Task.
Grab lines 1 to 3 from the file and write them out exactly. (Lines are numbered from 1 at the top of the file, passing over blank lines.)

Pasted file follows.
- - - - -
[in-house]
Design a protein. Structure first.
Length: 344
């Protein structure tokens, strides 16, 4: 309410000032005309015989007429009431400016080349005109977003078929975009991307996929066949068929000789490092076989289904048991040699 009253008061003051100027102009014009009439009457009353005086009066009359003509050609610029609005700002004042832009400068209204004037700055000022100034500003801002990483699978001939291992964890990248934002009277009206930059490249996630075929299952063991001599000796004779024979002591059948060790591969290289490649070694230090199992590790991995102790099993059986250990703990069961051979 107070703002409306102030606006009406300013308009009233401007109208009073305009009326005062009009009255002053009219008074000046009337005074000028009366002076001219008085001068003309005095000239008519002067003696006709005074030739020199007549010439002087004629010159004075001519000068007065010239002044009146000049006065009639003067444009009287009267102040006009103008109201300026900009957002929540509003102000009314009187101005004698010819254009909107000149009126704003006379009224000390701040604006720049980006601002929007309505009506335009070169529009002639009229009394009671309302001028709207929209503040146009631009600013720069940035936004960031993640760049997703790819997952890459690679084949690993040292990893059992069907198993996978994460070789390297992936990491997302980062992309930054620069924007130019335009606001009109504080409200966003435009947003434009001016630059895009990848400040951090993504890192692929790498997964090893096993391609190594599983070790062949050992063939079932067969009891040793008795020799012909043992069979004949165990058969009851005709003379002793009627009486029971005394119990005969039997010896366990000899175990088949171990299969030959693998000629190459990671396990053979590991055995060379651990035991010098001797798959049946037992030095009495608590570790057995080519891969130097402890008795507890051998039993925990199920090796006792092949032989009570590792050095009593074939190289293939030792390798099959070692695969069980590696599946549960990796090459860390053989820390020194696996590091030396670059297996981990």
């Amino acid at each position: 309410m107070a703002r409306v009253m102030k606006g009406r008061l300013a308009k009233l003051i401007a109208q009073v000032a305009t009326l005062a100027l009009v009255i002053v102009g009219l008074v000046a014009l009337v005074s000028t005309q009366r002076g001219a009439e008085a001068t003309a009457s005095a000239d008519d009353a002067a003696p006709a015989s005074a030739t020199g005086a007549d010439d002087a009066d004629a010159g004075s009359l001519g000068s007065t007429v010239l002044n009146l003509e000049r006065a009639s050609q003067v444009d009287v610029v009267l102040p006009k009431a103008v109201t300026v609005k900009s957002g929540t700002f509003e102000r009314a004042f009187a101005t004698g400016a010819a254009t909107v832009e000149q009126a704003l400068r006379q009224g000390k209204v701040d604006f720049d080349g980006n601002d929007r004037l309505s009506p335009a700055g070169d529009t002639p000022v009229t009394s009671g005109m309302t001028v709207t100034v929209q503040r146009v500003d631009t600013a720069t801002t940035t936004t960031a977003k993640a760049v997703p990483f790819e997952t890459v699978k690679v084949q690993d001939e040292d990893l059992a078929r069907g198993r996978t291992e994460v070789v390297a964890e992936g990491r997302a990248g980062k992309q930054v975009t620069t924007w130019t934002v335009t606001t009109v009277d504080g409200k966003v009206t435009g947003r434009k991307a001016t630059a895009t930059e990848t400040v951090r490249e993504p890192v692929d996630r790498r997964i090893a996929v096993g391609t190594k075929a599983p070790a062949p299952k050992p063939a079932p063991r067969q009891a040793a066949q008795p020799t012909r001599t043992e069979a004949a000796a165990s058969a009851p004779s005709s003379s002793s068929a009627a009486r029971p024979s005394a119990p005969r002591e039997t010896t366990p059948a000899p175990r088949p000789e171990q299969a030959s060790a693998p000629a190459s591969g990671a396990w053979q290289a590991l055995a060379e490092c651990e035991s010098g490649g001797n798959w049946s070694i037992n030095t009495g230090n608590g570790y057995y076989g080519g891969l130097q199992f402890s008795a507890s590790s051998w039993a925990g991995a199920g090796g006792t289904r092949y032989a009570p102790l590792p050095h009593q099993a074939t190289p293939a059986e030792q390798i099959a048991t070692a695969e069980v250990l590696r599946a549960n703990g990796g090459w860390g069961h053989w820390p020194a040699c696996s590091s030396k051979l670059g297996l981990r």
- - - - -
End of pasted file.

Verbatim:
[in-house]
Design a protein. Structure first.
Length: 344